Business

Payday lenders' new code in place

Coins and notes on newspaper
Image caption The new code includes freezing of interest payments for those suffering from financial hardship

A new payday lenders' code of practice designed to give more protection to those in financial difficulty should now be fully in place.

A deadline has been reached for lenders to ensure they keep to the minimum standards included in the code.

This includes a limit on the rollover of payday loans, and breathing space for customers who are struggling to repay.

The code comes in as regulators formally investigate some lenders.

'Significant step'

The code, put together by the Consumer Finance Association (CFA), which represents lenders, include aspects of a charter agreed with the government and other industry bodies in July.

This should mean payday lenders only roll over a loan to a customer on a maximum of three occasions. There should also be a minimum of 30 days of breathing space for customers who need to get their financial affairs in order, and the immediate freezing of interest for any customer in financial hardship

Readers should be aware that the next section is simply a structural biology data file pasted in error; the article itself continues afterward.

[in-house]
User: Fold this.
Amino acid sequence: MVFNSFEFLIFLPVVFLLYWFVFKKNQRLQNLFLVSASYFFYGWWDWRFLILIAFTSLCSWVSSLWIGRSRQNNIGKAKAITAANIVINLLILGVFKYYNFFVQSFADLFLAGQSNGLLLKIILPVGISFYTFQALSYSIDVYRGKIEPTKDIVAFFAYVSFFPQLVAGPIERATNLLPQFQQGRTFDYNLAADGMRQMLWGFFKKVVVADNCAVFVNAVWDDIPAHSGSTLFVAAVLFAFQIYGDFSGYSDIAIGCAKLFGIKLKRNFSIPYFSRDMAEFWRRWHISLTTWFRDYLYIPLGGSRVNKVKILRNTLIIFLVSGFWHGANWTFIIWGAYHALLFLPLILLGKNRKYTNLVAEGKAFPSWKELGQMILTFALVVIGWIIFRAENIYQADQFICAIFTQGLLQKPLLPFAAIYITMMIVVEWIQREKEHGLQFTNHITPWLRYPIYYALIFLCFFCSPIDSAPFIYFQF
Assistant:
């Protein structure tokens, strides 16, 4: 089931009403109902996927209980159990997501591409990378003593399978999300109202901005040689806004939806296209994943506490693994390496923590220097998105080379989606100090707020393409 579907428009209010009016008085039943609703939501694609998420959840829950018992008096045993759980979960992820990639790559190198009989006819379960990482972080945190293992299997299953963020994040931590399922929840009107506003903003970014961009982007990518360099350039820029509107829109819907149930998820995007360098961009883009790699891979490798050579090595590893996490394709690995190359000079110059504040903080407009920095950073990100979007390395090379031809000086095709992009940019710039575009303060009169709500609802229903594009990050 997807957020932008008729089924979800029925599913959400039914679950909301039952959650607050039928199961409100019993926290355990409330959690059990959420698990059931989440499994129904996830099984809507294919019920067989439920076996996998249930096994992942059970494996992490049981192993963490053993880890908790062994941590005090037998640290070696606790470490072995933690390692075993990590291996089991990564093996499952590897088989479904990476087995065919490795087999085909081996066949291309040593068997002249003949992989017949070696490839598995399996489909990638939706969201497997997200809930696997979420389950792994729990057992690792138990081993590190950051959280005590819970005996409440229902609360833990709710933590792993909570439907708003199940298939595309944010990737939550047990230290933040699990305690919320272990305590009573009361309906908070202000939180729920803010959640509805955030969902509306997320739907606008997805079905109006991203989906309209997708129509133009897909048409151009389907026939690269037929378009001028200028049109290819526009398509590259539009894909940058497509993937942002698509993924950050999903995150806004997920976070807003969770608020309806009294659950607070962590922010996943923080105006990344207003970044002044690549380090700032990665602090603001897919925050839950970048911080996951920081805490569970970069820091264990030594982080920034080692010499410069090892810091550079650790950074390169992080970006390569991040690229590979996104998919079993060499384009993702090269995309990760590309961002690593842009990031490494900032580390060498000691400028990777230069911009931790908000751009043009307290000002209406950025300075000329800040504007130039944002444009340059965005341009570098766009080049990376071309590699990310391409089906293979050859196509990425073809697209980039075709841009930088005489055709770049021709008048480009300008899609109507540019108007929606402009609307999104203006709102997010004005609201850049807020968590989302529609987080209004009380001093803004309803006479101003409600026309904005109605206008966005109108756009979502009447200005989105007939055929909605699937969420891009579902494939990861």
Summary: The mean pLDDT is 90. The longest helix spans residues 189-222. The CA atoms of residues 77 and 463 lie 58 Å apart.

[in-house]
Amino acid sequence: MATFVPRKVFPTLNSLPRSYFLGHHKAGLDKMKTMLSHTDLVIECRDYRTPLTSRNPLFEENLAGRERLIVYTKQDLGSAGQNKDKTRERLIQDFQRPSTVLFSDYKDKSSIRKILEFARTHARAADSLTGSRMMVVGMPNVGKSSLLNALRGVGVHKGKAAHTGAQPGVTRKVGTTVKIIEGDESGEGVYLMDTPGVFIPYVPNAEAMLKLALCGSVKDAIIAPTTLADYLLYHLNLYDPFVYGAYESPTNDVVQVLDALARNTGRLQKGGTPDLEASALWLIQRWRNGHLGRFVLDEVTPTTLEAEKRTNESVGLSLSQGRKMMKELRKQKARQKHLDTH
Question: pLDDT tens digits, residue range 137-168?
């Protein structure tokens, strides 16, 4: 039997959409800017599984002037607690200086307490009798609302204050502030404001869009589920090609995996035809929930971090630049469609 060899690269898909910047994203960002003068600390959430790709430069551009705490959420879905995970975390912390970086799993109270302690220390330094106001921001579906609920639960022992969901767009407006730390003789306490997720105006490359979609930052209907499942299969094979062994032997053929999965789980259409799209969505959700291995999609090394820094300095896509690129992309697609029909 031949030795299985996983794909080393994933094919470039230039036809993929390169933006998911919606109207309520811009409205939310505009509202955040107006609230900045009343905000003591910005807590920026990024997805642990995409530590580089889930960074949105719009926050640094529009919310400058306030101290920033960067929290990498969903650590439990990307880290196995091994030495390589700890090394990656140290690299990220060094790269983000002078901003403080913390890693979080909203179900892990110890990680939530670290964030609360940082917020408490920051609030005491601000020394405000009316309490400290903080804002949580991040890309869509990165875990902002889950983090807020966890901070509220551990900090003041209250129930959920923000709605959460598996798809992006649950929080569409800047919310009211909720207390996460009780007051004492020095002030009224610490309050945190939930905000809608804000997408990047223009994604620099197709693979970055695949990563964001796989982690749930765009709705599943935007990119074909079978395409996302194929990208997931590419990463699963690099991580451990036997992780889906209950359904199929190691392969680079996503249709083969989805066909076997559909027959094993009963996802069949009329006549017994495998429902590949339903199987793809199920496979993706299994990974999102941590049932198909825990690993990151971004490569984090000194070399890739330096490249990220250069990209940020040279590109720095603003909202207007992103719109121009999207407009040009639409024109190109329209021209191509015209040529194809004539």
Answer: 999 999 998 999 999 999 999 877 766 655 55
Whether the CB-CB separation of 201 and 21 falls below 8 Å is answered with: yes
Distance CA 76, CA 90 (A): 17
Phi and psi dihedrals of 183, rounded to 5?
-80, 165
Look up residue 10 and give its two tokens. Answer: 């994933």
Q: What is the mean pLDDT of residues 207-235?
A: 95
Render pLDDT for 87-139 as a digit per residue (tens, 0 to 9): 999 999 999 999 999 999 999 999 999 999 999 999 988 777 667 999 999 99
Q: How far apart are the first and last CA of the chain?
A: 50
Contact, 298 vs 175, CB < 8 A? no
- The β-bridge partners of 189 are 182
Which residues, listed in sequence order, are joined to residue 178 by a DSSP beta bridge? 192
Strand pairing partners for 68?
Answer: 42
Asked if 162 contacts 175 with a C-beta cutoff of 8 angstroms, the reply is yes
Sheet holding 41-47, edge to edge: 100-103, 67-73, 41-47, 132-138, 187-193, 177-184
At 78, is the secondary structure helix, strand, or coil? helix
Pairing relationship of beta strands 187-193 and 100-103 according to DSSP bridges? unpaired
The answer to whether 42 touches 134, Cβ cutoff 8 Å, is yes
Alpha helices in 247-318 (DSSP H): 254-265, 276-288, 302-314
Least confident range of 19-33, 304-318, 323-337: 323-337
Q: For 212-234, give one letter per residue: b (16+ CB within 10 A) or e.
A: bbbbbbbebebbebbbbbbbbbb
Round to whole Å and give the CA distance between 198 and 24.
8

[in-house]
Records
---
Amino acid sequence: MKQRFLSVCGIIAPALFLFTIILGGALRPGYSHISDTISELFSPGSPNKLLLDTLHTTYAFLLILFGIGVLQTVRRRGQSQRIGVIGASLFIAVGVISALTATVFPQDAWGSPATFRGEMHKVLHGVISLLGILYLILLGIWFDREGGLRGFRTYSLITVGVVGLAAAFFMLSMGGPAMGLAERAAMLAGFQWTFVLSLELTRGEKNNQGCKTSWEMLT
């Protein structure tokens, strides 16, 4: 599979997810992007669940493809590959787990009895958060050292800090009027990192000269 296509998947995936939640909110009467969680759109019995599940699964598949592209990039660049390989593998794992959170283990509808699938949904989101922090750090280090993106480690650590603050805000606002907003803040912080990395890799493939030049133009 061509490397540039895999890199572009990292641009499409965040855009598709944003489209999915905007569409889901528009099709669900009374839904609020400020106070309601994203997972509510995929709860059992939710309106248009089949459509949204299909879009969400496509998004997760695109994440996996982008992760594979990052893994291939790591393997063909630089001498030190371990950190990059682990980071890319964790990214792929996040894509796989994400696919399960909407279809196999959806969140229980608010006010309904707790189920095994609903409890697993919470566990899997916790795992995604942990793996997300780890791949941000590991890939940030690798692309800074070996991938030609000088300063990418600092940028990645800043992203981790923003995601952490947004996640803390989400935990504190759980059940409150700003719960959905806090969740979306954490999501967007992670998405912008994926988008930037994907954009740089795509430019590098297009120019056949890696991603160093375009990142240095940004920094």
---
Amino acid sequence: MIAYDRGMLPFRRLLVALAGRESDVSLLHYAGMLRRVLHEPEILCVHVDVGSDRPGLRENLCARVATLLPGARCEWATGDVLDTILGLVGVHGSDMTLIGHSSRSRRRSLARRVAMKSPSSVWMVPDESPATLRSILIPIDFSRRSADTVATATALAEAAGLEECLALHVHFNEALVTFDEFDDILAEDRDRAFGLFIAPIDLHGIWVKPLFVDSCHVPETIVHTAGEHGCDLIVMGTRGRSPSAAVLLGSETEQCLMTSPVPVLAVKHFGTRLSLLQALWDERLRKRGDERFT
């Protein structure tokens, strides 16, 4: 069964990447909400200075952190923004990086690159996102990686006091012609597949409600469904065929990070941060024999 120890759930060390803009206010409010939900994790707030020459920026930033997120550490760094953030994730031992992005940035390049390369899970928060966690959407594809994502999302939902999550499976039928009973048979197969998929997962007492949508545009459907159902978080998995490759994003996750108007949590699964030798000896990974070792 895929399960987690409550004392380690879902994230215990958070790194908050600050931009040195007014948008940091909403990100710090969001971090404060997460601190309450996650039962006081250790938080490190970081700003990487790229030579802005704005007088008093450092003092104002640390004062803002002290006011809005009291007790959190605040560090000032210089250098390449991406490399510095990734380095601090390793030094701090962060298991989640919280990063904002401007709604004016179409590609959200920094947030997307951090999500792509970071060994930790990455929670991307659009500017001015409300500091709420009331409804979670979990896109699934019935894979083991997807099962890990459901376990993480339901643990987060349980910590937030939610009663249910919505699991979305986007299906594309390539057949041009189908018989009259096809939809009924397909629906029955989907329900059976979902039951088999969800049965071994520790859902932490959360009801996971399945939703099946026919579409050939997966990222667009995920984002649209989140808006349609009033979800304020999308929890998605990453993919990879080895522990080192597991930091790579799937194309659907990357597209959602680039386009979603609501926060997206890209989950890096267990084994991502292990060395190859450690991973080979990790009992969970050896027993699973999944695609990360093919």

"While this is a significant step forward for the responsible members of the payday industry, it is far from the end of the journey," said Russell Hamblin-Boone, chief executive of the CFA.

"We will be introducing an independent monitoring framework and continue to work with the government, regulator and consumer groups to set high standards."

However, when the plans were announced in July, some consumer groups argued that the agreement did not go far enough.

The other three trade bodies that agreed to the new charter are the BCCA, a trade association for lenders offering short-term loans, the Consumer Credit Trade Association and the Finance and Leasing Association.

The code is voluntary, and any lender breaking the rules would be told to change the way it worked or face expulsion from their association.

Meanwhile, the OFT has warned the industry to improve the way it lends money and collects debts, or face fines or closures.

It has now begun formal investigations into several payday lenders over aggressive debt collection practices following a review of the industry.

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